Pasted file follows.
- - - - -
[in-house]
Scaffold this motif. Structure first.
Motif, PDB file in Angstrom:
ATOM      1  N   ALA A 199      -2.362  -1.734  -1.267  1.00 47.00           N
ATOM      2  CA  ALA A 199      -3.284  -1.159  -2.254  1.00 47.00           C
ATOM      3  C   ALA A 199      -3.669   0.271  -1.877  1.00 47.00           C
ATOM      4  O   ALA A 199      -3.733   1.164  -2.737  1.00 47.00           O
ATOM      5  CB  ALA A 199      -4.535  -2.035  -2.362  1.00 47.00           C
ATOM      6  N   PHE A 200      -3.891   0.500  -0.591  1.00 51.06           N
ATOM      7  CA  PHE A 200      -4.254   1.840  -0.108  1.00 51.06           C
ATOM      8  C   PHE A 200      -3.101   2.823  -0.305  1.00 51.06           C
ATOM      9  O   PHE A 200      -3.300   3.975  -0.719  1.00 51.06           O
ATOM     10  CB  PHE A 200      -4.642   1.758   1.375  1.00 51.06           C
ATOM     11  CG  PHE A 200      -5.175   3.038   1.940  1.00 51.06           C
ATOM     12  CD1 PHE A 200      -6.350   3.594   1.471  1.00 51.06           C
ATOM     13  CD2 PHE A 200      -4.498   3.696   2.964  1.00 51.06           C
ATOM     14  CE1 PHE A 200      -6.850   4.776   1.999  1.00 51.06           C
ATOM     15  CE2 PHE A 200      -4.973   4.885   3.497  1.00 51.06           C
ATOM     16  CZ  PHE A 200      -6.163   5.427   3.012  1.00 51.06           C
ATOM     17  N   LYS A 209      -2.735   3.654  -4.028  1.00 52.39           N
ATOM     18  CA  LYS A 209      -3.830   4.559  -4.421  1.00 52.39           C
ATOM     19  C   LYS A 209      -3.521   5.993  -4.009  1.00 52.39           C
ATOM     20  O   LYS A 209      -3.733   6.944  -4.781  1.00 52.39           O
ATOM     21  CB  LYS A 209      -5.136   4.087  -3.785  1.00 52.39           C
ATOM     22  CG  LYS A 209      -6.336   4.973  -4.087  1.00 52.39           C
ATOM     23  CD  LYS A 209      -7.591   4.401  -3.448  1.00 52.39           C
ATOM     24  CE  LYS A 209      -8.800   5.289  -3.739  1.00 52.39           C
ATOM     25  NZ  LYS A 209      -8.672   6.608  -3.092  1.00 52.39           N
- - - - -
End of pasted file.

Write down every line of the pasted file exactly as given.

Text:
[in-house]
Scaffold this motif. Structure first.
Motif, PDB file in Angstrom:
ATOM      1  N   ALA A 199      -2.362  -1.734  -1.267  1.00 47.00           N
ATOM      2  CA  ALA A 199      -3.284  -1.159  -2.254  1.00 47.00           C
ATOM      3  C   ALA A 199      -3.669   0.271  -1.877  1.00 47.00           C
ATOM      4  O   ALA A 199      -3.733   1.164  -2.737  1.00 47.00           O
ATOM      5  CB  ALA A 199      -4.535  -2.035  -2.362  1.00 47.00           C
ATOM      6  N   PHE A 200      -3.891   0.500  -0.591  1.00 51.06           N
ATOM      7  CA  PHE A 200      -4.254   1.840  -0.108  1.00 51.06           C
ATOM      8  C   PHE A 200      -3.101   2.823  -0.305  1.00 51.06           C
ATOM      9  O   PHE A 200      -3.300   3.975  -0.719  1.00 51.06           O
ATOM     10  CB  PHE A 200      -4.642   1.758   1.375  1.00 51.06           C
ATOM     11  CG  PHE A 200      -5.175   3.038   1.940  1.00 51.06           C
ATOM     12  CD1 PHE A 200      -6.350   3.594   1.471  1.00 51.06           C
ATOM     13  CD2 PHE A 200      -4.498   3.696   2.964  1.00 51.06           C
ATOM     14  CE1 PHE A 200      -6.850   4.776   1.999  1.00 51.06           C
ATOM     15  CE2 PHE A 200      -4.973   4.885   3.497  1.00 51.06           C
ATOM     16  CZ  PHE A 200      -6.163   5.427   3.012  1.00 51.06           C
ATOM     17  N   LYS A 209      -2.735   3.654  -4.028  1.00 52.39           N
ATOM     18  CA  LYS A 209      -3.830   4.559  -4.421  1.00 52.39           C
ATOM     19  C   LYS A 209      -3.521   5.993  -4.009  1.00 52.39           C
ATOM     20  O   LYS A 209      -3.733   6.944  -4.781  1.00 52.39           O
ATOM     21  CB  LYS A 209      -5.136   4.087  -3.785  1.00 52.39           C
ATOM     22  CG  LYS A 209      -6.336   4.973  -4.087  1.00 52.39           C
ATOM     23  CD  LYS A 209      -7.591   4.401  -3.448  1.00 52.39           C
ATOM     24  CE  LYS A 209      -8.800   5.289  -3.739  1.00 52.39           C
ATOM     25  NZ  LYS A 209      -8.672   6.608  -3.092  1.00 52.39           N